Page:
As we move through the first phase of our cycles, oestrogen gradually increases and peaks just before ovulation and this can cause us to feel more sociable, light-hearted and energised. Our behaviour syncs up with our cycles in a way that encourages us to make the most of our fertile window when conception is possible. In the days leading up to ovulation, testosterone is also prominent in our bodies and can increase our sexual desire, motivation and productivity.

Once you ovulate, there’s a hormonal drop off and you may feel completely different from the days when you were transitioning through your fertile window, or you may feel just a subtle difference in your state of being (not everyone feels the changes so acutely).

About a week before your next period is due, you’ll probably feel more interested in your internal world than the external world and this is largely down to progesterone. For the most part, the presence of progesterone in the second half of your cycle has a calming effect on the nervous system and chills you out, though some people may respond to it differently like those with PMDD. This is the time to hibernate and embrace that deep and restful sleep ahead of your next period.

Understanding how the different phases of your cycle affect you in your day-to-day life, whether those changes are subtle or substantial, arms you with the knowledge, self-compassion and awareness of your fluctuating biology and how your hormones may be responsible for everything from your ability to focus, your mood, sex drive and energy levels. From here, you can begin to tune into your feelings, recognise them, own them and harness their power. The more we tap into why we’re feeling a certain way during our cycles, the more we can adjust our behaviour accordingly and go easy on ourselves.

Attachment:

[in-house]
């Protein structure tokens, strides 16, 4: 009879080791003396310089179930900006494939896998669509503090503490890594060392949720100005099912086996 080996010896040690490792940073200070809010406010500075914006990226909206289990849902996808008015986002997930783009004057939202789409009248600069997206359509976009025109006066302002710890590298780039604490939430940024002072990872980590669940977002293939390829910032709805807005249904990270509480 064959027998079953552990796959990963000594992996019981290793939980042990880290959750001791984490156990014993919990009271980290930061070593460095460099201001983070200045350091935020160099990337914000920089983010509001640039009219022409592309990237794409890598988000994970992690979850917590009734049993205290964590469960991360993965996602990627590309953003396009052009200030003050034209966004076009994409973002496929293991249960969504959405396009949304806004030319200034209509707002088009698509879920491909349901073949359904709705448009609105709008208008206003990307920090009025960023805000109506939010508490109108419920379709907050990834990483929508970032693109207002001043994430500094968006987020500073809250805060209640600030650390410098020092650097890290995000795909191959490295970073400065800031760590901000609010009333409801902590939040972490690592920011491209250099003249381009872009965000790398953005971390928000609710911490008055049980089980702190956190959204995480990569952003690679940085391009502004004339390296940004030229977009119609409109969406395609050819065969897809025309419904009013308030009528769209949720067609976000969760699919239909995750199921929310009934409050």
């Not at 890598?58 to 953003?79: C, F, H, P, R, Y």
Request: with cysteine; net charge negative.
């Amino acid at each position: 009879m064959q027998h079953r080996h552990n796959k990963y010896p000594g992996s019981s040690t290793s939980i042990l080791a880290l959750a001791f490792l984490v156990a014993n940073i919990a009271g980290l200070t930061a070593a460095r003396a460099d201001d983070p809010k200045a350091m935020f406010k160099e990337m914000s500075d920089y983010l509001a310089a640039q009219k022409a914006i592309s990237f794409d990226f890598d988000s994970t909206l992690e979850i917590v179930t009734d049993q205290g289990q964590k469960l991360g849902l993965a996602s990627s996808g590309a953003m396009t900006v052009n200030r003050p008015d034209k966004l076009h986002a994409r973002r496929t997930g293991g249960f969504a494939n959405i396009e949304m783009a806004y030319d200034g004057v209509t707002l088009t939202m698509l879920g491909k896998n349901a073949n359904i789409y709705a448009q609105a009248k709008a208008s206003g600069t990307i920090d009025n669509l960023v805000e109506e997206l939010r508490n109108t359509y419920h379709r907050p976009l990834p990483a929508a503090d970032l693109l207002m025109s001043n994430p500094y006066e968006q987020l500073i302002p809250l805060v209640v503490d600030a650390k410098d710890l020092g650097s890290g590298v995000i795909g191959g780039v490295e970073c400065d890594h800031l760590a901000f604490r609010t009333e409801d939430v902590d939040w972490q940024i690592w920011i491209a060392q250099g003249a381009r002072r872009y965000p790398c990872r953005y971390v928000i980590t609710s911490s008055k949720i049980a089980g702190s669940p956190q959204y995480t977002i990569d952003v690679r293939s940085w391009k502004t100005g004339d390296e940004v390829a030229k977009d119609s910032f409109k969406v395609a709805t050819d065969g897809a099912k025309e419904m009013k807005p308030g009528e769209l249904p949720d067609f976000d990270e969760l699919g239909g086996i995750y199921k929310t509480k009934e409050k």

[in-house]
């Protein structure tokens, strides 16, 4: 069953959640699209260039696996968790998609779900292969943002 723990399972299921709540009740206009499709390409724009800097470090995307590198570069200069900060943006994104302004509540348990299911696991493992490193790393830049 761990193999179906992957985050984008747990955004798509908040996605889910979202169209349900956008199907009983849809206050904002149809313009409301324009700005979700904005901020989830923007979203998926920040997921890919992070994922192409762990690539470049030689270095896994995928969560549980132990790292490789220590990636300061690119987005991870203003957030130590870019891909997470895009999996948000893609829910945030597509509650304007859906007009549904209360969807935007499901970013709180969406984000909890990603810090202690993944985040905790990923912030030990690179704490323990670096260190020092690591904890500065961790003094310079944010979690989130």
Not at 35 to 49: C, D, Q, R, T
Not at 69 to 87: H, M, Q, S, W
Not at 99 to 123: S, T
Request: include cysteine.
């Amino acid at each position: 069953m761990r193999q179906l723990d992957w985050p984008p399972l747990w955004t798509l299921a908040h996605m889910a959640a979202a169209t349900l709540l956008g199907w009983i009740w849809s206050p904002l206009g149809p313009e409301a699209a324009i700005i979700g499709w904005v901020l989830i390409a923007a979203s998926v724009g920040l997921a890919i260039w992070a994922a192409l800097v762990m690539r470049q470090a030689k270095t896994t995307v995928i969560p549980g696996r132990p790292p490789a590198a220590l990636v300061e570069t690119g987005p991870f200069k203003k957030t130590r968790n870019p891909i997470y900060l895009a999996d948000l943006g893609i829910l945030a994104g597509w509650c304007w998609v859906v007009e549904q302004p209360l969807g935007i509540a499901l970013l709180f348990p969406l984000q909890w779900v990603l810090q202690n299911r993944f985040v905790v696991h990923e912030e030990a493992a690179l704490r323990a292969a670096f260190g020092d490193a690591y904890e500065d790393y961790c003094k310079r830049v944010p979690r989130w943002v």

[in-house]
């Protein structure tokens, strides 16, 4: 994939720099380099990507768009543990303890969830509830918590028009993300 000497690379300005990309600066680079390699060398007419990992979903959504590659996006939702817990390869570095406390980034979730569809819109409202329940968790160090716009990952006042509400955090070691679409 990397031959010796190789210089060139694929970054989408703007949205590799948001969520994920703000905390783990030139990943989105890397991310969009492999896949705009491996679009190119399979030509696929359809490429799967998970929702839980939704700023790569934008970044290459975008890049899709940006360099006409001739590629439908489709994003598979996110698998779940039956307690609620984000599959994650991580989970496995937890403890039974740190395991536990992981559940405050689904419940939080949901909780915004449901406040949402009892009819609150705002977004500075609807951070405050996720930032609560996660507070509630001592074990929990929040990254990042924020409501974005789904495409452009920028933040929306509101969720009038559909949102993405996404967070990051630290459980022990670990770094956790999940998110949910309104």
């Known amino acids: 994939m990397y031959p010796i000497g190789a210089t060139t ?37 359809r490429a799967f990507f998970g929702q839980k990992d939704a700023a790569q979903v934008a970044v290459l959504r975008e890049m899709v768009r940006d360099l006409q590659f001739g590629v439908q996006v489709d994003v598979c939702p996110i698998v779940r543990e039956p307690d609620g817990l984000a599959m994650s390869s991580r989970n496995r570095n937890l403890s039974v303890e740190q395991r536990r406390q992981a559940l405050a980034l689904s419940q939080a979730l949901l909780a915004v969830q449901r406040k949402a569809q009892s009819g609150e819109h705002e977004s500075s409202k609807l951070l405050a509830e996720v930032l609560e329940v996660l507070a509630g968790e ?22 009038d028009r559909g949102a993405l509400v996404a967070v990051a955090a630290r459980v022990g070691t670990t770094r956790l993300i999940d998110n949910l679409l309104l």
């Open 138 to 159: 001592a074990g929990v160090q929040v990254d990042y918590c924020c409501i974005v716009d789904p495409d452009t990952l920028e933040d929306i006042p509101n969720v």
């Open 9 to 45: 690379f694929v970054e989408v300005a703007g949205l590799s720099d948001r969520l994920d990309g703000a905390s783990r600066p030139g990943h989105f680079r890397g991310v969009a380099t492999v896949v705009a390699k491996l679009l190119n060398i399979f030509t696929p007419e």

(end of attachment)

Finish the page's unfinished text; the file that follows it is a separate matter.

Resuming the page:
Knowing this information and connecting with the intrinsic wisdom of your cycle in this way is a simple but incredibly effective tool that can make a huge difference when it comes to understanding how every nuance of our cycle affects our ability to work, socialise, concentrate, sleep, eat and exercise. It allows us to make sense of our feelings and channel their energy in a way that’s beneficial for us, which is always going to be conducive to a better, more empowering cycle.


I am confused about this trend. I can’t say I’ve ever thought about wearing sleepwear out of the house apart from a late-night McDonalds drive-thru. But you know I wouldn’t be opposed to being in my jammies all day. I’d probably opt for some kind of co-ord set, with a black top underneath and black accessories and hope people don’t think I’ve literally just got out of bed.


Watch the video: ΡΑΠΑνάΚΙΑ - ΟΛΕΣ ΟΙ ΑΛΗΘΕΙΕΣ!! (July 2022).